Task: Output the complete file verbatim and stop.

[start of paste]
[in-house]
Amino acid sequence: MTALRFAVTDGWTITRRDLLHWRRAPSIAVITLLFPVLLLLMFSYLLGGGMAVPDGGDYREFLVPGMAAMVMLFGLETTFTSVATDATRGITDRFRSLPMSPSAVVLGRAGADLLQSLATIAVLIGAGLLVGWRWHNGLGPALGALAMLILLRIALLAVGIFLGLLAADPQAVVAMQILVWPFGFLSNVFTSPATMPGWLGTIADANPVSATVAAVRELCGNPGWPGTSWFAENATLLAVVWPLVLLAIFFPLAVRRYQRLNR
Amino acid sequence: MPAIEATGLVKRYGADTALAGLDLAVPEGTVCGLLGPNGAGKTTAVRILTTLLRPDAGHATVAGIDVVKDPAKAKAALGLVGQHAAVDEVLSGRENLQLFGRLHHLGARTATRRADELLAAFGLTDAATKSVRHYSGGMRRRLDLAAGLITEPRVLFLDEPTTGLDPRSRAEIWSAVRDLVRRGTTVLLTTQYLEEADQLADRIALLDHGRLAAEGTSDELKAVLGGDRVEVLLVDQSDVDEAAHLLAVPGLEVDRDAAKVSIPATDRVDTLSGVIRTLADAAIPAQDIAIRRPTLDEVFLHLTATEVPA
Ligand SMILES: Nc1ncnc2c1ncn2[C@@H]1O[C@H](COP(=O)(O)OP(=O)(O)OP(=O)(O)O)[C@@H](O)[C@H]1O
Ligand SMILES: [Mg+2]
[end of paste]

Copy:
[in-house]
Amino acid sequence: MTALRFAVTDGWTITRRDLLHWRRAPSIAVITLLFPVLLLLMFSYLLGGGMAVPDGGDYREFLVPGMAAMVMLFGLETTFTSVATDATRGITDRFRSLPMSPSAVVLGRAGADLLQSLATIAVLIGAGLLVGWRWHNGLGPALGALAMLILLRIALLAVGIFLGLLAADPQAVVAMQILVWPFGFLSNVFTSPATMPGWLGTIADANPVSATVAAVRELCGNPGWPGTSWFAENATLLAVVWPLVLLAIFFPLAVRRYQRLNR
Amino acid sequence: MPAIEATGLVKRYGADTALAGLDLAVPEGTVCGLLGPNGAGKTTAVRILTTLLRPDAGHATVAGIDVVKDPAKAKAALGLVGQHAAVDEVLSGRENLQLFGRLHHLGARTATRRADELLAAFGLTDAATKSVRHYSGGMRRRLDLAAGLITEPRVLFLDEPTTGLDPRSRAEIWSAVRDLVRRGTTVLLTTQYLEEADQLADRIALLDHGRLAAEGTSDELKAVLGGDRVEVLLVDQSDVDEAAHLLAVPGLEVDRDAAKVSIPATDRVDTLSGVIRTLADAAIPAQDIAIRRPTLDEVFLHLTATEVPA
Ligand SMILES: Nc1ncnc2c1ncn2[C@@H]1O[C@H](COP(=O)(O)OP(=O)(O)OP(=O)(O)O)[C@@H](O)[C@H]1O
Ligand SMILES: [Mg+2]